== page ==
The choice between these three types of connectors is really a matter of personal experience and economics. We have found that students often use in the field what they learn in class. Those of us who have tried all of them generally agree that the epoxy and Hot Melt methods are easier, but an analysis of termination time and cost makes the anaerobic or epoxy methods cheaper, mainly because the connectors themselves are much cheaper.
Some installers prefer to avoid the adhesive polish connectors entirely, preferring to use the prepolished splice connectors that are sold on the basic of quick termination. Don’t be fooled. We’ve done time and motion studies of fiber optic termination and the speed claims don’t always make sense. By the time you go to a work site, do your setup, make the terminations, clean up and leave, the difference in time for the whole job is hardly influenced at all by the type of termination.
The Secrets Of Adhesives: Epoxy
We are always amused when someone says no one uses heat-cured epoxy connectors anymore. In fact, about 95% of all connectors, including every factory-made patchcord, uses heat-cured epoxy for its ease of use, low cost and high reliability. Granted, only the most skilled techs use them in the field, but they know the secrets of working with these connectors.
To terminate fiber with epoxy/polish connectors, you only need a basic tool kit and an epoxy curing oven. These are electric, temperature-controlled ovens that cure epoxy in about 5 minutes. Most require AC power, but there is one that works on battery and AC power for use anywhere.
When you arrive at a work site, first set up your workspace. Plug in the oven to let it heat up fully. In most cases, you need a small folding table for a workspace, covered with a black plastic mat so you can see the fiber more easily, and room for all your tools. Once you become experienced, you will have very strong opinions on how to place your tools for the most efficiency.
Experienced techs know to use only the proper adhesives in the specified manner. Much research has gone into finding the right kind of adhesive to bond glass fibers to ceramic ferrules in connectors, including how to apply the adhesive and how to cure it. Only buy your epoxy from a quality fiber optic distributor. Make absolutely certain the adhesive is fresh (it’s dated like food and you should store it in the refrigerator) and mix it thoroughly so the adhesive and hardener are fully mixed.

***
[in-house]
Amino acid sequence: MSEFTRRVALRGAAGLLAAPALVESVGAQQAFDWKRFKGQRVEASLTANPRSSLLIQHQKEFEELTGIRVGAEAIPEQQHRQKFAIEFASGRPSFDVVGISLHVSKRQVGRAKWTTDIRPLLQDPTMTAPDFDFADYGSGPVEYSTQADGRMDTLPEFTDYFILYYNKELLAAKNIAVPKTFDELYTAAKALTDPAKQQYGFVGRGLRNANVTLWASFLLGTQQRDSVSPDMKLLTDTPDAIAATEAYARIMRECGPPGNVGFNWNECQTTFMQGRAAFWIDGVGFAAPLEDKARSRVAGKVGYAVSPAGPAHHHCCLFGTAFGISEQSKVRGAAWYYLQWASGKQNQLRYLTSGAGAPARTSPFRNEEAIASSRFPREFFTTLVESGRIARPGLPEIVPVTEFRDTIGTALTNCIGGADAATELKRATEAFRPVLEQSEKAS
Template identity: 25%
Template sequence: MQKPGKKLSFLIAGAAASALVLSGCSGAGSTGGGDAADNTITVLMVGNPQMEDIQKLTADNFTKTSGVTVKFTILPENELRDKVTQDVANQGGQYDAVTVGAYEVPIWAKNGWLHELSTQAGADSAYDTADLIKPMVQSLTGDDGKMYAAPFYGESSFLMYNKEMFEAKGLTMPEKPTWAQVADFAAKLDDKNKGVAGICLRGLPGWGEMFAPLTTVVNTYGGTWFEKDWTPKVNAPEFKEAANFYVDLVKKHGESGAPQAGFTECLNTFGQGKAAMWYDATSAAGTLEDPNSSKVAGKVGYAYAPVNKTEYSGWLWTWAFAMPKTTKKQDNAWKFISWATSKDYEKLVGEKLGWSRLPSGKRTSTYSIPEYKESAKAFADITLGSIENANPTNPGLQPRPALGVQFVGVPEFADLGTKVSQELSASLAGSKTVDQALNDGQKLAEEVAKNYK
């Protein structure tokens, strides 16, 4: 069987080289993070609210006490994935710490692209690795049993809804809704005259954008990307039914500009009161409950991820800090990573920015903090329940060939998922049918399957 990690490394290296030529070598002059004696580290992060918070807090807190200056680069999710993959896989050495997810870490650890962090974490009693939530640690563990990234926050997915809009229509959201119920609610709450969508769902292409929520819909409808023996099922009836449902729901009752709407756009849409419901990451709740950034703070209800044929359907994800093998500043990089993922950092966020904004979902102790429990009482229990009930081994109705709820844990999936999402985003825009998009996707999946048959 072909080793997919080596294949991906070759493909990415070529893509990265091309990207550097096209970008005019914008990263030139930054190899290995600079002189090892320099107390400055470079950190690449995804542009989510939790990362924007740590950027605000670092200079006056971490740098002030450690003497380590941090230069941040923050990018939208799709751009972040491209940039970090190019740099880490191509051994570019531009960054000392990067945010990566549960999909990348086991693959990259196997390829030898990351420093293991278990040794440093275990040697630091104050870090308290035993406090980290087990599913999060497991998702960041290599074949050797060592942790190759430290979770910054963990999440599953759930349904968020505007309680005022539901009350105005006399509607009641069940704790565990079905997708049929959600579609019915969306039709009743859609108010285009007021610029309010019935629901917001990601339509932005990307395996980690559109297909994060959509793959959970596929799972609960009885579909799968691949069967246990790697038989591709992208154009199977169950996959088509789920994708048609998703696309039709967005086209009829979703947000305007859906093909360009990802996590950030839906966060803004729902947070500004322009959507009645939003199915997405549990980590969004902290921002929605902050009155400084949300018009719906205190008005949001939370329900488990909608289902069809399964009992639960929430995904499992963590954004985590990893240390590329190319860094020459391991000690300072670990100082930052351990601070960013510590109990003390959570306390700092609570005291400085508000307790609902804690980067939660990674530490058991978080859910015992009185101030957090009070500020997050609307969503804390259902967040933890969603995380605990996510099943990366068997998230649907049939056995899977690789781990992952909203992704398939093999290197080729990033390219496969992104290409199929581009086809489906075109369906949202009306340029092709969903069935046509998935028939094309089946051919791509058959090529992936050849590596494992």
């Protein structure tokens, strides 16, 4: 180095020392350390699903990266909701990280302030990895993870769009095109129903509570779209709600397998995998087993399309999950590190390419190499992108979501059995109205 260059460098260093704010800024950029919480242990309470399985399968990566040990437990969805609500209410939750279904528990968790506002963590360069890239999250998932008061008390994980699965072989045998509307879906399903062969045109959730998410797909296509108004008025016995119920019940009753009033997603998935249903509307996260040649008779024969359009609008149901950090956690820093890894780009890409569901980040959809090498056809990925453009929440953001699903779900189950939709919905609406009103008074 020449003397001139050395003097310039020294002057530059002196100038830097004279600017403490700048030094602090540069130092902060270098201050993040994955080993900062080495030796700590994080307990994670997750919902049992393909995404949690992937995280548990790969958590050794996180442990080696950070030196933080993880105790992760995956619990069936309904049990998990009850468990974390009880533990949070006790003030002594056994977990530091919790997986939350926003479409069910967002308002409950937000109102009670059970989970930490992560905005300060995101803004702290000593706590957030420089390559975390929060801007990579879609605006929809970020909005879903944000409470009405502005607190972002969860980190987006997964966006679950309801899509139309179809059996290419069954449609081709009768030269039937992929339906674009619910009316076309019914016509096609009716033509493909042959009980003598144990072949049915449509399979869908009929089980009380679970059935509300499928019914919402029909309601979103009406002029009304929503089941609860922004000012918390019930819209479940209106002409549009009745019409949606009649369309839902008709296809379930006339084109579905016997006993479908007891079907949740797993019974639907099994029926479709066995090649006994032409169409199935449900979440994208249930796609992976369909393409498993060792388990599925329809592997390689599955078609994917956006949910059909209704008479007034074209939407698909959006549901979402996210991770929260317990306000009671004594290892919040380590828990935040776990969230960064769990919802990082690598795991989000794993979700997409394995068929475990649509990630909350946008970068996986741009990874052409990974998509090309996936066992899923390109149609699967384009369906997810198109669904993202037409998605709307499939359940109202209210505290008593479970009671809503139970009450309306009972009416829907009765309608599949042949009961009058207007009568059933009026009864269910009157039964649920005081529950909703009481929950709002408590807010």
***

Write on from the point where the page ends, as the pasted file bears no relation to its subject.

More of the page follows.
After mixing, the adhesive is poured into a syringe with a flat-ended needle. Most adhesives have only about 30 minutes of working life, so you need to plan ahead to get the most use of the epoxy. If all your cables are prepared with only the tight-buffered fibers left to strip, you can get more than one dozen connectors from one batch of epoxy.
The syringe squeezes adhesive into the connector. Insert the needle into the back of the connector, hold the flat-tipped needle against the end of the ferrule and squeeze gently until you see a small bead of adhesive on the end of the ferrule. Back the syringe out a bit and squeeze just a tiny bit more into the back of the connector. If adhesive runs out the back of the connector, you over did it. Remove the syringe and place it on the table on top of a lint-free wipe.
Inserting the fiber into the connector is easy once you get the hang of it, even if the fiber and the hole in the ferrule are really the size of a human hair. Connector manufacturers thought about that so there is a chamfer on the hole to guide the fiber.
Here is another trick. While you insert the fiber, slowly rotate the connector back and forth to spread the adhesive evenly. The surface tension of the adhesive will “float” the fiber into the center of the hole in the ferrule, improving fiber alignment in the connector and improving the polishing process. That trick will improve the loss of your connectors noticeably.
If you are terminating tight-buffer fiber (the fiber with the 900 micron plastic coating), all that’s left is to slip on the boot and place the connector in the oven to cure. If you are using a jacketed cable, you will crimp the strength members to the connector, slide the boot on the connector and place it in the oven.
Here is where critics of epoxy/polish connectors get confused in talking about termination times. You don’t wait around for that connector to cure before polishing it. You prepare another connector and put it in the oven, then another and another. Most ovens have about 20 positions for connectors, but the oven I designed only held six connectors. By the time you get the sixth connector in the oven, the first one is ready to come out. If you are terminating a number of connectors, the oven curing time is irrelevant – you simply go on to the next connector. Only when you are only doing one or two connectors does the curing time matter.
With epoxy, connectors come out of the oven ready to polish –a process that takes less than a minute. Setting up a “production line” will allow a tech to easily complete a dozen connectors an hour, twice that if they are skilled and in a hurry.
Virtual Hands-On Epoxy/Polish Termination
The Secrets Of Anerobic Adhesives
I suspect that the idea for using anaerobic adhesives for fiber optics came from someone using “crazy glue” or the two-part adhesive used to replace the rear-view mirror on a car after it fell off in the hot summer sun. Strange, that should have made them more cautious about its reliability, but I guess it didn’t.
After what was probably lots of experimentation with a number of these fast-curing acrylic adhesives, several connector manufacturers introduced it as a quick-setting alternative to heat-cured epoxy. And quick they were!